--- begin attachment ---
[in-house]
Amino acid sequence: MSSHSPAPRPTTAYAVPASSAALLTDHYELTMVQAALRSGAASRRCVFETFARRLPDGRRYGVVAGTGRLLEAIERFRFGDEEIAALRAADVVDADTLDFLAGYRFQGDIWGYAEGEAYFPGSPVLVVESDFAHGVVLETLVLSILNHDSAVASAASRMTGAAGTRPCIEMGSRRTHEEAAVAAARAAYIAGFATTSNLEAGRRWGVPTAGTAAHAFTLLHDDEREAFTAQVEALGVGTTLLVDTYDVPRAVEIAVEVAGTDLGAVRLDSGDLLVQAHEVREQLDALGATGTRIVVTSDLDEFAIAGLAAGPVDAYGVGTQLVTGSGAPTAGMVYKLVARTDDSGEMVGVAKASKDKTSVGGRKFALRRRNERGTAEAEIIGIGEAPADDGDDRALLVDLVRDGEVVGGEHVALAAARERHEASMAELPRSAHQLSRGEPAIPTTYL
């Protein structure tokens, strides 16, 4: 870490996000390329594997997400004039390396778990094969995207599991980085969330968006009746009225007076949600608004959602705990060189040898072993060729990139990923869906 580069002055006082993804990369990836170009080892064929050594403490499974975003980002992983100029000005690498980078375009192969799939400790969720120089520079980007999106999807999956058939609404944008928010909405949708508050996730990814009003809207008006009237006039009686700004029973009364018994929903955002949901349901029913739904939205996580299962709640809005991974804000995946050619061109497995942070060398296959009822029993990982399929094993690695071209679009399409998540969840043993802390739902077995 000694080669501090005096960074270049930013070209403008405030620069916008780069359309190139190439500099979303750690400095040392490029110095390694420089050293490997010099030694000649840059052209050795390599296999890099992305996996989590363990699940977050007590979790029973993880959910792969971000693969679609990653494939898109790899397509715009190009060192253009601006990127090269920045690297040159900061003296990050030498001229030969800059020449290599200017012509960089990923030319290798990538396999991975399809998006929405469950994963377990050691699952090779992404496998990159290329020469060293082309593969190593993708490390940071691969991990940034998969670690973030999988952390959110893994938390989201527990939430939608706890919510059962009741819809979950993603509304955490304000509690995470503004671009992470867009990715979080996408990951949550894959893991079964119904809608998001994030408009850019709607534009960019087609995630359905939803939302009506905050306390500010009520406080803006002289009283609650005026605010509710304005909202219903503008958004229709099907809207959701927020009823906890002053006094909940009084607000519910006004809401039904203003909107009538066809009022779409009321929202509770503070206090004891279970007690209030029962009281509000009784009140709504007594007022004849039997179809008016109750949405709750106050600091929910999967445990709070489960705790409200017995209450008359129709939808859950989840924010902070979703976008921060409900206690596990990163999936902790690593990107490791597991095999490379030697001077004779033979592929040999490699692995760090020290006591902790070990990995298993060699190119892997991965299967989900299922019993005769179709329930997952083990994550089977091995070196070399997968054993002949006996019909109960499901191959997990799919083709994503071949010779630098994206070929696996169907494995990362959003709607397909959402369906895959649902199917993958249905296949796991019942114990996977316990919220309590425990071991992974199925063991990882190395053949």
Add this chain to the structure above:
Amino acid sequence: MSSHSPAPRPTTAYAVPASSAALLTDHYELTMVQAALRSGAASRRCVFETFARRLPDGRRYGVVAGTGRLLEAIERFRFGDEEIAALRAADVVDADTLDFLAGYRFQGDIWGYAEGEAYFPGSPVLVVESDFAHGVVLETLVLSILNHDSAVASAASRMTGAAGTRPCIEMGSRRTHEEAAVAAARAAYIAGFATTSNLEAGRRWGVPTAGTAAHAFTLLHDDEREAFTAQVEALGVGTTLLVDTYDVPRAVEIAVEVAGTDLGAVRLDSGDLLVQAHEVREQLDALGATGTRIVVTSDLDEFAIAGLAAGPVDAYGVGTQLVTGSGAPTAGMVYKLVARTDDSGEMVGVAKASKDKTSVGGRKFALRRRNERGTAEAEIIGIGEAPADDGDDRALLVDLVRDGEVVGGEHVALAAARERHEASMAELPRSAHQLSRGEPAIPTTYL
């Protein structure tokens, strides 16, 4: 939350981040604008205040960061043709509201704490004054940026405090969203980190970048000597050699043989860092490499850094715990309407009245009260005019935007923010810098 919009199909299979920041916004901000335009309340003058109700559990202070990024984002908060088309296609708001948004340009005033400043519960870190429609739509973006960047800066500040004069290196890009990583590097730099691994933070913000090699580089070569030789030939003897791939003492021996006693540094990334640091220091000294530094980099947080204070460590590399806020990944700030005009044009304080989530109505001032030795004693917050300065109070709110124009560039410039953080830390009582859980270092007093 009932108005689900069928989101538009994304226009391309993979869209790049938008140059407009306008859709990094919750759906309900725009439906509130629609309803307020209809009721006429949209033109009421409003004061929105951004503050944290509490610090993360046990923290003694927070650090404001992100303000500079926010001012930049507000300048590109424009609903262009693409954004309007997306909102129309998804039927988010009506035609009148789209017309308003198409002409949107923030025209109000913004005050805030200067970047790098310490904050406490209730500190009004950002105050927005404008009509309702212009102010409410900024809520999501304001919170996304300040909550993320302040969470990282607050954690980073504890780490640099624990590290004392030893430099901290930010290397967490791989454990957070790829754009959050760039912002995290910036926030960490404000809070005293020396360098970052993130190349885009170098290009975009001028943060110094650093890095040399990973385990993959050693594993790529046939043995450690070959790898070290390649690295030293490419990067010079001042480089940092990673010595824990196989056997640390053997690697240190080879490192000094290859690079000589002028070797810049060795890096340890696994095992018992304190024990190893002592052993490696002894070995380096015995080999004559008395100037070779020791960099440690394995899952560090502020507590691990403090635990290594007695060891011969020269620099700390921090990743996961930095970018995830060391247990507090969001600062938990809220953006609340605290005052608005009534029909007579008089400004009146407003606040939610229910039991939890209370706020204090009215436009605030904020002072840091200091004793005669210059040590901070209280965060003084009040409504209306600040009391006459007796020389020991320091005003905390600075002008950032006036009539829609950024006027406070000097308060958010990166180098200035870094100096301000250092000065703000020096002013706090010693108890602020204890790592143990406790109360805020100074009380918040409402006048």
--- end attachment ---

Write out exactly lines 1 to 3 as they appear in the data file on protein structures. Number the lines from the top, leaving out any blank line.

[in-house]
Amino acid sequence: MSSHSPAPRPTTAYAVPASSAALLTDHYELTMVQAALRSGAASRRCVFETFARRLPDGRRYGVVAGTGRLLEAIERFRFGDEEIAALRAADVVDADTLDFLAGYRFQGDIWGYAEGEAYFPGSPVLVVESDFAHGVVLETLVLSILNHDSAVASAASRMTGAAGTRPCIEMGSRRTHEEAAVAAARAAYIAGFATTSNLEAGRRWGVPTAGTAAHAFTLLHDDEREAFTAQVEALGVGTTLLVDTYDVPRAVEIAVEVAGTDLGAVRLDSGDLLVQAHEVREQLDALGATGTRIVVTSDLDEFAIAGLAAGPVDAYGVGTQLVTGSGAPTAGMVYKLVARTDDSGEMVGVAKASKDKTSVGGRKFALRRRNERGTAEAEIIGIGEAPADDGDDRALLVDLVRDGEVVGGEHVALAAARERHEASMAELPRSAHQLSRGEPAIPTTYL
């Protein structure tokens, strides 16, 4: 870490996000390329594997997400004039390396778990094969995207599991980085969330968006009746009225007076949600608004959602705990060189040898072993060729990139990923869906 580069002055006082993804990369990836170009080892064929050594403490499974975003980002992983100029000005690498980078375009192969799939400790969720120089520079980007999106999807999956058939609404944008928010909405949708508050996730990814009003809207008006009237006039009686700004029973009364018994929903955002949901349901029913739904939205996580299962709640809005991974804000995946050619061109497995942070060398296959009822029993990982399929094993690695071209679009399409998540969840043993802390739902077995 000694080669501090005096960074270049930013070209403008405030620069916008780069359309190139190439500099979303750690400095040392490029110095390694420089050293490997010099030694000649840059052209050795390599296999890099992305996996989590363990699940977050007590979790029973993880959910792969971000693969679609990653494939898109790899397509715009190009060192253009601006990127090269920045690297040159900061003296990050030498001229030969800059020449290599200017012509960089990923030319290798990538396999991975399809998006929405469950994963377990050691699952090779992404496998990159290329020469060293082309593969190593993708490390940071691969991990940034998969670690973030999988952390959110893994938390989201527990939430939608706890919510059962009741819809979950993603509304955490304000509690995470503004671009992470867009990715979080996408990951949550894959893991079964119904809608998001994030408009850019709607534009960019087609995630359905939803939302009506905050306390500010009520406080803006002289009283609650005026605010509710304005909202219903503008958004229709099907809207959701927020009823906890002053006094909940009084607000519910006004809401039904203003909107009538066809009022779409009321929202509770503070206090004891279970007690209030029962009281509000009784009140709504007594007022004849039997179809008016109750949405709750106050600091929910999967445990709070489960705790409200017995209450008359129709939808859950989840924010902070979703976008921060409900206690596990990163999936902790690593990107490791597991095999490379030697001077004779033979592929040999490699692995760090020290006591902790070990990995298993060699190119892997991965299967989900299922019993005769179709329930997952083990994550089977091995070196070399997968054993002949006996019909109960499901191959997990799919083709994503071949010779630098994206070929696996169907494995990362959003709607397909959402369906895959649902199917993958249905296949796991019942114990996977316990919220309590425990071991992974199925063991990882190395053949």